What A Marine Surveyor Needs To Know About Surveying Rigid Inflatable Boats (RIBs)
The marine surveyor may often be asked to survey one of the many rigid-hulled inflatable boats to be found around the world (commonly known as RIBs) which feature cushioned inflatable large diameter synthetic rubber tubes called sponsons around a simple rigid hull. RIBs are some of the most versatile boats available and are used as rescue boats in the UK by the RNLI, as patrol boats by the military, as workboats, as race boats in international competitions and as tenders to yachts. Because they are designed to travel at high speed – often in excess of 40 knots – RIBs plane over the top of the water surface and are subject to severe pounding loads on the bottom. For that reason the marine surveyor must understand the hull construction and if the vessel is structurally sound and fit for the intended purpose.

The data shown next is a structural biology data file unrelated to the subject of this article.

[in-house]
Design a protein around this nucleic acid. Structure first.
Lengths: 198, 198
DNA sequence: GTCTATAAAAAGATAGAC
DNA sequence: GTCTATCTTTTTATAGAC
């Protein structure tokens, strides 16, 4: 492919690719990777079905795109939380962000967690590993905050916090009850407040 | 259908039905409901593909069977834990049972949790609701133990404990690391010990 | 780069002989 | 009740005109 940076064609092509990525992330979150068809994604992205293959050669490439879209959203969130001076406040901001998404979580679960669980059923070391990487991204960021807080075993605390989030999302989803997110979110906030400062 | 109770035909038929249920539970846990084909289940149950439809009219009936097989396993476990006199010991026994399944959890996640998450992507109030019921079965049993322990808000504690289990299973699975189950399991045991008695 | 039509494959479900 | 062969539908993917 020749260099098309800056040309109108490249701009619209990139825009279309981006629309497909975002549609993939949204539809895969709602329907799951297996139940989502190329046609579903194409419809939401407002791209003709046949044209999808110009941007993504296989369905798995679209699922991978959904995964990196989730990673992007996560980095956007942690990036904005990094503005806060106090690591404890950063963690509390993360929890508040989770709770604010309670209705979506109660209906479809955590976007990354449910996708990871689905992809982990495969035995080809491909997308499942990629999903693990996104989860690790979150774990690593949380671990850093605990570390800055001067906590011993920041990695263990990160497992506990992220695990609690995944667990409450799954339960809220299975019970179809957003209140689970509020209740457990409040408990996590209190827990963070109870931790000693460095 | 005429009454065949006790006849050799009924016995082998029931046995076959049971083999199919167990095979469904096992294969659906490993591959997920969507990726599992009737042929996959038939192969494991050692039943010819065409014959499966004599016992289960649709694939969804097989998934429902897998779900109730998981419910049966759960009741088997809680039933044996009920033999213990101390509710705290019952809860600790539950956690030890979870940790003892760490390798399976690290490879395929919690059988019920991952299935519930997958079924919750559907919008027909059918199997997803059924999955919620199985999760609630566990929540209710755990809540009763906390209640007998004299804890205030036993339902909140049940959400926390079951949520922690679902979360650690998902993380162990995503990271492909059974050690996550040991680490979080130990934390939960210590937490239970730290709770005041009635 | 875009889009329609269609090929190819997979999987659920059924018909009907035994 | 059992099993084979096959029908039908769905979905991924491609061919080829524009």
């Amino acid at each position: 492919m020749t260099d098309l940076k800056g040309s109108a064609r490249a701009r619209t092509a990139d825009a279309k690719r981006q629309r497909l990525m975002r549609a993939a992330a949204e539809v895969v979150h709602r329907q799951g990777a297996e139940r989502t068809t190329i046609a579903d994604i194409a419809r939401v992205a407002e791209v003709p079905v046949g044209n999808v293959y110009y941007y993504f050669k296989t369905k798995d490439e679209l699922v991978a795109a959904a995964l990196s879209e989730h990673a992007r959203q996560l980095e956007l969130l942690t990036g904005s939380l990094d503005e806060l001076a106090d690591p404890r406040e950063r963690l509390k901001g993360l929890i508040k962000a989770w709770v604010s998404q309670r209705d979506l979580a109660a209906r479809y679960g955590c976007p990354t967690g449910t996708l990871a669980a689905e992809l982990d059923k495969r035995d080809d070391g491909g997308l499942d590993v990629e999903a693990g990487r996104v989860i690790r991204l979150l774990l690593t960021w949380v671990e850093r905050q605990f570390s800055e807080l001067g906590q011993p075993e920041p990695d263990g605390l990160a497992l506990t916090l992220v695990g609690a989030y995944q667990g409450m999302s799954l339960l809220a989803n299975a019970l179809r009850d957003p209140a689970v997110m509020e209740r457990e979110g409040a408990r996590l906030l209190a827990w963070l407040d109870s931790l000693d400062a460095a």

The hull is most often constructed of fibreglass but may be of wood, steel or aluminium surrounded by an inflatable tube constructed of fibre reinforced rubber often called a sponson. Traditionally, a sponson was a structure that projected over the side of a ship or boat – most often a projecting gun platform or a support for paddlewheel boxes – but the name has been used for an air chamber built into the gunwale of a canoe or RIB.
Author: Elliott Berry
Size: 40 pages
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